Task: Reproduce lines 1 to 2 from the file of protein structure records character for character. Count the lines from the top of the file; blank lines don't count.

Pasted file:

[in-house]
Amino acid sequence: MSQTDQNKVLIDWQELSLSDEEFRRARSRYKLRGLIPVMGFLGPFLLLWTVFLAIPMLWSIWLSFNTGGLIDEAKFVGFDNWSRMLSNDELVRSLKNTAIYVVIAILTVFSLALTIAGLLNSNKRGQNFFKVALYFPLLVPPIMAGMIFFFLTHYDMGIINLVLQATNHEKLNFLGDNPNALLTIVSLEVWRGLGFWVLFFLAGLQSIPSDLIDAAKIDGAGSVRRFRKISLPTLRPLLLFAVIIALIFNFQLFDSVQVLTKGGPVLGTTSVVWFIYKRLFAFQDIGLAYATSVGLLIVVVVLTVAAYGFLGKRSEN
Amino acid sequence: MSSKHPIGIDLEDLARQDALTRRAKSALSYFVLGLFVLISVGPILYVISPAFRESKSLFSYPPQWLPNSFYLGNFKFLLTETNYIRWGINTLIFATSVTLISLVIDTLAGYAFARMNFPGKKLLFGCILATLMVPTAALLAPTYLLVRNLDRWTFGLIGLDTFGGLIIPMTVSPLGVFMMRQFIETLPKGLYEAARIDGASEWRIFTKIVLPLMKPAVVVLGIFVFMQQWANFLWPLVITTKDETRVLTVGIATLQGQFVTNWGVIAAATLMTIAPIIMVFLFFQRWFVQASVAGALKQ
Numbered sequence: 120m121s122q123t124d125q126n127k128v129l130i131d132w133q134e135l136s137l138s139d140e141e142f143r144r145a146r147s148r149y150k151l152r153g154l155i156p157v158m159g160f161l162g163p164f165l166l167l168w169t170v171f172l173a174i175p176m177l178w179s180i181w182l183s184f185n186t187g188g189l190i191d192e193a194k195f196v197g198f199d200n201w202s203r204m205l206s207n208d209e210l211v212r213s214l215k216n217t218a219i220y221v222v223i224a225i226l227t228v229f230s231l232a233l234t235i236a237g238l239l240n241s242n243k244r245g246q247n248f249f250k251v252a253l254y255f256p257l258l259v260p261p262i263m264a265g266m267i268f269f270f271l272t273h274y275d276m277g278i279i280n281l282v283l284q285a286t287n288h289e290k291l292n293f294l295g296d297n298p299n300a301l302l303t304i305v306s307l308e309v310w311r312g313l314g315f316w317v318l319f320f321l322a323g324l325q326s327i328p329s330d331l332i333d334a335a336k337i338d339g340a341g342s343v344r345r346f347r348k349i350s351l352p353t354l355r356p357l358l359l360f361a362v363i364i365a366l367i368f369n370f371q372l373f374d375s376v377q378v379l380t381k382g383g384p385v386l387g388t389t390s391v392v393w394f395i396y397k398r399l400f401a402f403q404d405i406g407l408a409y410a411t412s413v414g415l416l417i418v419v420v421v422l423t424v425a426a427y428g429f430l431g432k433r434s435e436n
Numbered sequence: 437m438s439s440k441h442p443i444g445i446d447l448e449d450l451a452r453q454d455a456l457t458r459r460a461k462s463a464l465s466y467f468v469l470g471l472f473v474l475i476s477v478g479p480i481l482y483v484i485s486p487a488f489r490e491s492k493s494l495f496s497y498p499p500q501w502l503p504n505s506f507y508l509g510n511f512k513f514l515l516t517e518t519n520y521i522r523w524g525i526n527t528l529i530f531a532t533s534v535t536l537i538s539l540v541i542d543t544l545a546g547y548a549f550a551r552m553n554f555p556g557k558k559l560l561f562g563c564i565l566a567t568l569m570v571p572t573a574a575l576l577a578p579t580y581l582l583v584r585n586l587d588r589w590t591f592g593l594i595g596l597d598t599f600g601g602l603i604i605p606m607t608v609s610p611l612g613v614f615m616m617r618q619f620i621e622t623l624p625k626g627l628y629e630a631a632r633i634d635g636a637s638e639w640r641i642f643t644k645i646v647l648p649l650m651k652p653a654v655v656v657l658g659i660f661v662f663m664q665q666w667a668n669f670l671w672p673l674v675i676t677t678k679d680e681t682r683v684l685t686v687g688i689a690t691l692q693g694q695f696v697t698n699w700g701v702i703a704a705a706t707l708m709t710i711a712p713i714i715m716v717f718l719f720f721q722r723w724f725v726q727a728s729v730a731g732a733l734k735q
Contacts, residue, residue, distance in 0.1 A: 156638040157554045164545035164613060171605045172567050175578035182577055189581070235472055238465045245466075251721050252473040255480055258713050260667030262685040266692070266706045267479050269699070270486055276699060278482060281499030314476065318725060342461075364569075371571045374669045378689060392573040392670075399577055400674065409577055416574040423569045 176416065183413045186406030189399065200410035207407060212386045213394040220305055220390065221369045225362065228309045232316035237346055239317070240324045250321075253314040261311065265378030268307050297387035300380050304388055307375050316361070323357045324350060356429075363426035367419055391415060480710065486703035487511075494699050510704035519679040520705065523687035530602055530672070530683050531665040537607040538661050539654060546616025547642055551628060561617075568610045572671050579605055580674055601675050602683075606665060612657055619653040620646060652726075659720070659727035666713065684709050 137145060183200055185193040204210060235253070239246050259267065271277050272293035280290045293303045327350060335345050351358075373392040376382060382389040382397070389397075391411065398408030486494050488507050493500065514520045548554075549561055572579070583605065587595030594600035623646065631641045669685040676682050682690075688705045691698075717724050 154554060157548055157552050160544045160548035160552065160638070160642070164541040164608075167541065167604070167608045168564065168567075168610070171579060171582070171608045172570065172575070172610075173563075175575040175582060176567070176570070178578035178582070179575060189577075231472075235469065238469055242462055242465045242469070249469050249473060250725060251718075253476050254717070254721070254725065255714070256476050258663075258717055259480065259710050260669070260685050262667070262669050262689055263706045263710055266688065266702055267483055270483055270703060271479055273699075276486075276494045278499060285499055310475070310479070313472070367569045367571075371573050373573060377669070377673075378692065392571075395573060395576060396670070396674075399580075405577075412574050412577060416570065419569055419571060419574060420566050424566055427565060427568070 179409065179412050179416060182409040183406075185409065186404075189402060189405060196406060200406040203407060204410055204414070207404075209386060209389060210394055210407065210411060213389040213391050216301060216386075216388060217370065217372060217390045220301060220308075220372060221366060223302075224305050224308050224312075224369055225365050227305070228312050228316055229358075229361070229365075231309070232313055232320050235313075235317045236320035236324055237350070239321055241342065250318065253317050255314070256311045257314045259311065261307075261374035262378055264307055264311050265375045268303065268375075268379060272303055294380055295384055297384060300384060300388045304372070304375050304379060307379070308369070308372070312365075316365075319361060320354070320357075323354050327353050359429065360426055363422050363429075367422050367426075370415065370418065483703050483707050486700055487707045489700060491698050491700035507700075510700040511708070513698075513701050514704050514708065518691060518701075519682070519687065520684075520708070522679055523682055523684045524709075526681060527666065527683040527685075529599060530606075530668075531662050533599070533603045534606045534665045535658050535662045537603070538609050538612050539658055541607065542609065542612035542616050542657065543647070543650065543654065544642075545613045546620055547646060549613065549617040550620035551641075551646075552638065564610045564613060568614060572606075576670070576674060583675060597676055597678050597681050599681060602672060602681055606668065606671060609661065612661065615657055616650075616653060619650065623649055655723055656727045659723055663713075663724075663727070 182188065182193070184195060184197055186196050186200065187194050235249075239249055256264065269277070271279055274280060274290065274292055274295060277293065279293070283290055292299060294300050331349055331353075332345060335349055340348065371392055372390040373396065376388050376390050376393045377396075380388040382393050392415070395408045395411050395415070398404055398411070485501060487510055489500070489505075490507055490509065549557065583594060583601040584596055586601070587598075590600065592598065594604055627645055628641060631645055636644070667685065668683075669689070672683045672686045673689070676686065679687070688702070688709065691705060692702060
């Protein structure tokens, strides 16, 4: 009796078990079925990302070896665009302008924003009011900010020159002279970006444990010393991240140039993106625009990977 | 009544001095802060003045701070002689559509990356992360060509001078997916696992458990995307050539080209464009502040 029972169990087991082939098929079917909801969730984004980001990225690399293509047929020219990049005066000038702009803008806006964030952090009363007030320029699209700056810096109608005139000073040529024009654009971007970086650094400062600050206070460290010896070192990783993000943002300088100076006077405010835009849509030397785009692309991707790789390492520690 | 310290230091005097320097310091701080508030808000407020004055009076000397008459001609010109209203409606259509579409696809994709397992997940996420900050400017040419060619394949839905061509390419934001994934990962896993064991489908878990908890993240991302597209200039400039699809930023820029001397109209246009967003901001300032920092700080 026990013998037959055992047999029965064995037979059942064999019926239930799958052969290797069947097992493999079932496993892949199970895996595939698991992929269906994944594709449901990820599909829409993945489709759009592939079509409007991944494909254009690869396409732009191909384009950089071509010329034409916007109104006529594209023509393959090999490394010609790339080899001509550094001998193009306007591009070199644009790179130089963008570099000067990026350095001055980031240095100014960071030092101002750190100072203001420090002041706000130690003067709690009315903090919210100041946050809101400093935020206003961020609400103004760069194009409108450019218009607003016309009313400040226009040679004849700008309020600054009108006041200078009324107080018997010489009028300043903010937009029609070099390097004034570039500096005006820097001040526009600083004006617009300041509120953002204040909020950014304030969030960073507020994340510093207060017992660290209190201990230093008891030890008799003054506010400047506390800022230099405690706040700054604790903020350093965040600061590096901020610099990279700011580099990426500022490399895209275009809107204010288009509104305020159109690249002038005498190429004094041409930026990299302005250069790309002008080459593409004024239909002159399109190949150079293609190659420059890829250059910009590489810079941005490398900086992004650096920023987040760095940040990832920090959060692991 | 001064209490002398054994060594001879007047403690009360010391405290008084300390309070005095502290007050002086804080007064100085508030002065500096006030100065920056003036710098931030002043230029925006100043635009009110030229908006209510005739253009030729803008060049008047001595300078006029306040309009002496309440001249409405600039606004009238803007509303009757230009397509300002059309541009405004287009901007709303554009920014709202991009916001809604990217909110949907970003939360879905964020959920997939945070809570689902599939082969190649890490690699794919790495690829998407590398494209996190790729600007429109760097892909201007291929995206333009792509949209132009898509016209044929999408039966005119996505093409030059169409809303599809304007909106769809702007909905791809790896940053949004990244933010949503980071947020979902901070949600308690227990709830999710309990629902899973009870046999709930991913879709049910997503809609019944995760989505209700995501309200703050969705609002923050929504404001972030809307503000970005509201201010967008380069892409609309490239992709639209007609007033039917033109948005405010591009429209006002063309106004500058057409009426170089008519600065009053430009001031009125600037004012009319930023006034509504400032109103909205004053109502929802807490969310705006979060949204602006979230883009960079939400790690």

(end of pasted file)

[in-house]
Amino acid sequence: MSQTDQNKVLIDWQELSLSDEEFRRARSRYKLRGLIPVMGFLGPFLLLWTVFLAIPMLWSIWLSFNTGGLIDEAKFVGFDNWSRMLSNDELVRSLKNTAIYVVIAILTVFSLALTIAGLLNSNKRGQNFFKVALYFPLLVPPIMAGMIFFFLTHYDMGIINLVLQATNHEKLNFLGDNPNALLTIVSLEVWRGLGFWVLFFLAGLQSIPSDLIDAAKIDGAGSVRRFRKISLPTLRPLLLFAVIIALIFNFQLFDSVQVLTKGGPVLGTTSVVWFIYKRLFAFQDIGLAYATSVGLLIVVVVLTVAAYGFLGKRSEN